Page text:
Associations Between Atrial Cardiopathy and Cerebral Amyloid: The ARIC-PET Study

Michelle C. Johansen, Thomas H. Mosley, David S. Knopman, Dean F. Wong, Chiadi Ericson Ndumele, Amil M. Shah, Scott D. Solomon, Rebecca F. Gottesman

Research output: Contribution to journalArticlepeer-review

Abstract

Background Atrial fibrillation (AF) is a risk factor for cognitive decline, possibly from silent brain infarction. Left atrial changes in structure or function (atrial cardiopathy) can lead to AF but may impact cognition independently. It is unknown if AF or atrial cardiopathy also acts on Alzheimer disease-specific mechanisms, such as deposition of β-amyloid. Methods and Results A total of 316 dementia-free participants from the ARIC (Atherosclerosis Risk in Communities) study underwent florbetapir positron emission tomography, electrocardiography, and 2-dimensional echocardiography. Atrial cardiopathy was defined as ≥1: (1) left atrial volume index >34 mL/m2; (2) P-wave terminal force >5000 µV×ms; and (3) serum NT-proBNP (N-terminal pro-B-type natriuretic peptide) >250 pg/mL. Cross-sectional associations between global cortical β-amyloid (>1.2 standardized uptake value ratio) and adjudicated history of AF and atrial cardiopathy, each, were evaluated using multivariable logistic regression. Participants (mean age, 76 years) were 56% women and 42% Black individuals. Odds of elevated florbetapir standardized uptake value ratio were significantly increased among those with atrial cardiopathy (odds ratio, 1.81; 95% CI, 1.02-3.22) and doubled for those with enlarged left atrial volume index after adjustment for demographics/risk factors (95% CI, 1.04-4.61). There was no association between P-wave terminal force or NT-proBNP and elevated florbetapir standardized uptake value ratio, nor between AF and elevated standardized uptake value ratio. Conclusions Among healthy, nondemented community-dwelling older individuals, we report an association between atrial cardiopathy, left atrial volume index, and elevated brain amyloid, by positron emission tomography, without a similar association in individuals with AF. Potential limitations include reverse causation and survival bias. Ongoing work will help determine if changes in cardiac structure and function precede or occur simultaneously with amyloid deposition.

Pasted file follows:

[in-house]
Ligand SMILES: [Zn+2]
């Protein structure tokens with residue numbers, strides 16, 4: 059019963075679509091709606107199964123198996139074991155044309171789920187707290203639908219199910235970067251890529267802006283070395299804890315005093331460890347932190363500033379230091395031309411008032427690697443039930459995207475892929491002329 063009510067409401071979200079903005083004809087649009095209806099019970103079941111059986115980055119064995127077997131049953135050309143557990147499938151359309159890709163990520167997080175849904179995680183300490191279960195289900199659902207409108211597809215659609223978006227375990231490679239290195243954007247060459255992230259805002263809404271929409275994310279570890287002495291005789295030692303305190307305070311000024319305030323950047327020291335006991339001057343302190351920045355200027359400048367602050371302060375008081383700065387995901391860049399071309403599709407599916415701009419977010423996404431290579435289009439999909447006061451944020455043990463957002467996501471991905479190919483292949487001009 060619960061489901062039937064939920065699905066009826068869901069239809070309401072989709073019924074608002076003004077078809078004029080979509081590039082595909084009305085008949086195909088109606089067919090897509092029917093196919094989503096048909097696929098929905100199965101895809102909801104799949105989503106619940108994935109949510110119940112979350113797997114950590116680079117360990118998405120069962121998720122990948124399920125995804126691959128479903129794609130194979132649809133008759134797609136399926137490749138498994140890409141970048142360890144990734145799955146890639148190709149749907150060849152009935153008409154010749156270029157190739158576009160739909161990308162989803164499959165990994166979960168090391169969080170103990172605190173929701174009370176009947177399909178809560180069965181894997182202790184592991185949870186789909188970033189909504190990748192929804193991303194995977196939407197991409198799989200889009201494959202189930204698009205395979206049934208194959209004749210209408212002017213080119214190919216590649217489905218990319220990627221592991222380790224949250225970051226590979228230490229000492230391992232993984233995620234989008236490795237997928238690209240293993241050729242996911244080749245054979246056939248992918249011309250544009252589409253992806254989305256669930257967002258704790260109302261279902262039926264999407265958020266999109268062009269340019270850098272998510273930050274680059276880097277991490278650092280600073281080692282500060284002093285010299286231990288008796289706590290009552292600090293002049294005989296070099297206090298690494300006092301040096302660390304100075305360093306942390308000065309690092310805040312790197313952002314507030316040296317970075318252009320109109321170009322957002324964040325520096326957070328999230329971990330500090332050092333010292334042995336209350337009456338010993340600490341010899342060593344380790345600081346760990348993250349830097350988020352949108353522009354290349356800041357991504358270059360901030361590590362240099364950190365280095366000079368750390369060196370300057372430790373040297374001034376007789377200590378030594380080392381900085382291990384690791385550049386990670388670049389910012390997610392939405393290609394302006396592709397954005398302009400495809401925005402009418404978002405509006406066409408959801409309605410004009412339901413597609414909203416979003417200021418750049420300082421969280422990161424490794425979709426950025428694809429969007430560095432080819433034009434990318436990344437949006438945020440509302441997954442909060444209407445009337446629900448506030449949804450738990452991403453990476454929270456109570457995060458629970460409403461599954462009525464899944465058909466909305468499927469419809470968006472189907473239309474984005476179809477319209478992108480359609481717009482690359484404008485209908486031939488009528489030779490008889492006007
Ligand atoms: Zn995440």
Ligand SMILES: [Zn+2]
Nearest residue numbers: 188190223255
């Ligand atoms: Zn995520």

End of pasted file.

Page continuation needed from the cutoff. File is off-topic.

Original languageEnglish (US)
Pages (from-to)e018399
JournalJournal of the American Heart Association
Volume9
Issue number24
DOIs
StatePublished - Dec 15 2020

Keywords

  • atrial cardiopathy
  • cognitive decline
  • cohort study
  • positron emission tomography

ASJC Scopus subject areas

  • Cardiology and Cardiovascular Medicine

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